23
Apr
12

I ♥ Tuesdays Vol. 11

After going all Aaron RodgersTom Brady on this bloggin’ game for the first ten weeks of The Blast season, I earned myself a first-round bye and spent last week lampin’ in the sauna.  This Tuesday? Back like I never left, fresh legs fingers after some much-needed rest, eyes on that Lombardi.

A lot has happened in the hip-hop universe since you last heard from me: the Interwebs was flooded with redundant Best of ’11 lists (with the exception, of course, of those here on The Blast Blog), Hov announced Bee’s successful delivery of their daughter Blue Ivey and wasted no time exploiting employing shorty on a charting single, and the “beef” between Lonnie and Aubs hilariously escalated from sharp glares to a full-flailing slapping match.  Meanwhile, as record store shelves have remained depressingly stagnant, the Internet heads were blessed with yet another free project from the game’s favorite former C.O. in form of Rawse’s Forever Rich mixtape.

Regardless of your feelings regarding Rozay’s microphone skills or long-term relevancy, the production value of the tape is stunningly high and the all-original content could have easily been packaged as an official release (and probably would have pushed decent numbers by today’s standards). Has any team in the biz used the Internet to maintain and build buzz like the Maybach Music Group?  Props are due to the MMG fam for their Internet hustle, regularly dropping free content to ensure the name remains heavy on the minds of heads everywhere. Plus, joints like “Triple Beam Dreams” with Nas (see video above), “Keys to the Crib” with Styles P, and “MMG The World is Ours” with Skateboard P, Meek Mill and Stalley make me wonder why so many continue to question Ross’s position at the forefront of the genre.  Ross may have appointed himself a BAWSE in the game a little too early for some, but over the past few years he has earned the status through a consistently impressive body of work and looks to extend to his win streak in 2012 with the highly-anticipated God Forgives, I Don’t.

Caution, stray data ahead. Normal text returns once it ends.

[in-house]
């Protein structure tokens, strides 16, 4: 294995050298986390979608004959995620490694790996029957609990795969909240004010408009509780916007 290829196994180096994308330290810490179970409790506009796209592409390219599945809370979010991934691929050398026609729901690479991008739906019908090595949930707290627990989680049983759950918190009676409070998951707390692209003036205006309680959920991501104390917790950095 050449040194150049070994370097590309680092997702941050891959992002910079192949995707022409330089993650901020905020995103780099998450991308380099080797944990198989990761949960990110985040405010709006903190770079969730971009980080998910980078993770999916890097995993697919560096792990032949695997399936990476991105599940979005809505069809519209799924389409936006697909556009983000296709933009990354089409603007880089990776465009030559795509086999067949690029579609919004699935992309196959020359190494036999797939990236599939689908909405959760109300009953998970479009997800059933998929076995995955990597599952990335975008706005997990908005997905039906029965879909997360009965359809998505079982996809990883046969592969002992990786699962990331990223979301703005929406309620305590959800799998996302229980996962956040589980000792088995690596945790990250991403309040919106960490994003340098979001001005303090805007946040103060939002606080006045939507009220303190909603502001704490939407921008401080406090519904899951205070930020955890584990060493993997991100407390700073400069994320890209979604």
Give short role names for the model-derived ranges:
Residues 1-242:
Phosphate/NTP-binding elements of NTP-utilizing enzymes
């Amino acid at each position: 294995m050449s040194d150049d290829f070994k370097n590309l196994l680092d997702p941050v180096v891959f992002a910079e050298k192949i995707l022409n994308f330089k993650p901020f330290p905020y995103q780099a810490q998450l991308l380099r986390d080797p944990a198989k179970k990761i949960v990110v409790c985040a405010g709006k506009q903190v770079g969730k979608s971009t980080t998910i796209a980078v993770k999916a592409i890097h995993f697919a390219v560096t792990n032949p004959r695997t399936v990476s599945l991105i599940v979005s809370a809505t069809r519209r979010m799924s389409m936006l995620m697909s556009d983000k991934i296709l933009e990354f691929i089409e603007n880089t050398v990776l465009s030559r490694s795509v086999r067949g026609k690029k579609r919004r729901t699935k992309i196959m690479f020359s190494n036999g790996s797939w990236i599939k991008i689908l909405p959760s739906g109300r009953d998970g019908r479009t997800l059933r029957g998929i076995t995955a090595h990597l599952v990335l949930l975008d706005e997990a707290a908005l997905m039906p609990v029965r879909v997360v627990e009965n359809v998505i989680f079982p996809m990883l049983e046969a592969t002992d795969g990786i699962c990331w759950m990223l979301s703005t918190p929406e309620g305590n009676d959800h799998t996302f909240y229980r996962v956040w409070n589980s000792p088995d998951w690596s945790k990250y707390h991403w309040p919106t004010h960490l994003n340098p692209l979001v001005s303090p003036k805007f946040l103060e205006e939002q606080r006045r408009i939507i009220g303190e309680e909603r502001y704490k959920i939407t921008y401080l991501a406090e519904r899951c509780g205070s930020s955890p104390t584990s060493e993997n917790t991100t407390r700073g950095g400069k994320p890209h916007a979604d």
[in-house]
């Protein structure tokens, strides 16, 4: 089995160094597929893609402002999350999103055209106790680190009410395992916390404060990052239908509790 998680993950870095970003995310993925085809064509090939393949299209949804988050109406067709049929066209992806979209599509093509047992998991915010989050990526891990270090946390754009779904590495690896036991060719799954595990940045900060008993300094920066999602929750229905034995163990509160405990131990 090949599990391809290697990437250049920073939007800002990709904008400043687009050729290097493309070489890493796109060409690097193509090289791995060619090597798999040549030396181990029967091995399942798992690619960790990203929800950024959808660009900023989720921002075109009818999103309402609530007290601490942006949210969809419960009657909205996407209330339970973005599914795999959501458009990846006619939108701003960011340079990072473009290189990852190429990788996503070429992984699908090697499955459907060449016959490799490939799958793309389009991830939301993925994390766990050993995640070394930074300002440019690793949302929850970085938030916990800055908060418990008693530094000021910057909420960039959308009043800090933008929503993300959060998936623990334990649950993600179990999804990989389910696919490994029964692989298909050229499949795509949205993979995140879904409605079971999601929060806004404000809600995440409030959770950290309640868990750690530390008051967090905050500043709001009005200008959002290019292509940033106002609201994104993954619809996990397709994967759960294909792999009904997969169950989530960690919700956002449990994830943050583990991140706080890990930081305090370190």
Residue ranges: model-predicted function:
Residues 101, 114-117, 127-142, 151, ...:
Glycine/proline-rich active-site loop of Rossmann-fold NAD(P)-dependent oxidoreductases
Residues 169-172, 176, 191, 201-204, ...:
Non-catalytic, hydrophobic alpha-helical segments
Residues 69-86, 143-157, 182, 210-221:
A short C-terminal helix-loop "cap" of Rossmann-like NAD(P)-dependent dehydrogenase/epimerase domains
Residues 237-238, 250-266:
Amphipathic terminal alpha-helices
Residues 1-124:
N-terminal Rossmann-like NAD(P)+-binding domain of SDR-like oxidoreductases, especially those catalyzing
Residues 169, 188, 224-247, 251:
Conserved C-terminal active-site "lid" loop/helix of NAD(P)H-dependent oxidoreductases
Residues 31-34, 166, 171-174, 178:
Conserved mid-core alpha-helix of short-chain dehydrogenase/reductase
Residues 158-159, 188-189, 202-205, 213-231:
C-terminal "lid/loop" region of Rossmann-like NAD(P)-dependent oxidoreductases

As for this week, the list of records that are slated to hit store shelves is nothing short of depressing.  Necro?  Juvenile? Did I just take a ride with Dr. Emmett Brown? Please.  You’d be better served turning your attention once again to the Interwebs, where a pair of intriguing releases are more likely to leave their mark.

First up is The Susan Sarandon Story, a mixtape by little-known beatmaker ATG (also known as Alexander The Great), which will be available online for the bargain barrel price of free ninety-nine come Tuesday.  Though I wasn’t much familiar with ATG’s material before doing a little research for this week’s column, the guest list looks rather impressive and early promotional leaks sound nostalgic enough to pique the interest of any Golden Era aficionado.  With guest verses from Sean Price, Fawshawn, Termanology, Reks, Planet Asia, Kool G Rap(!) and a grip of other reputable emcees, ATG looks to use this opportunity to build anticipation for his debut commerical release, The Talented Tenth, due out later this year.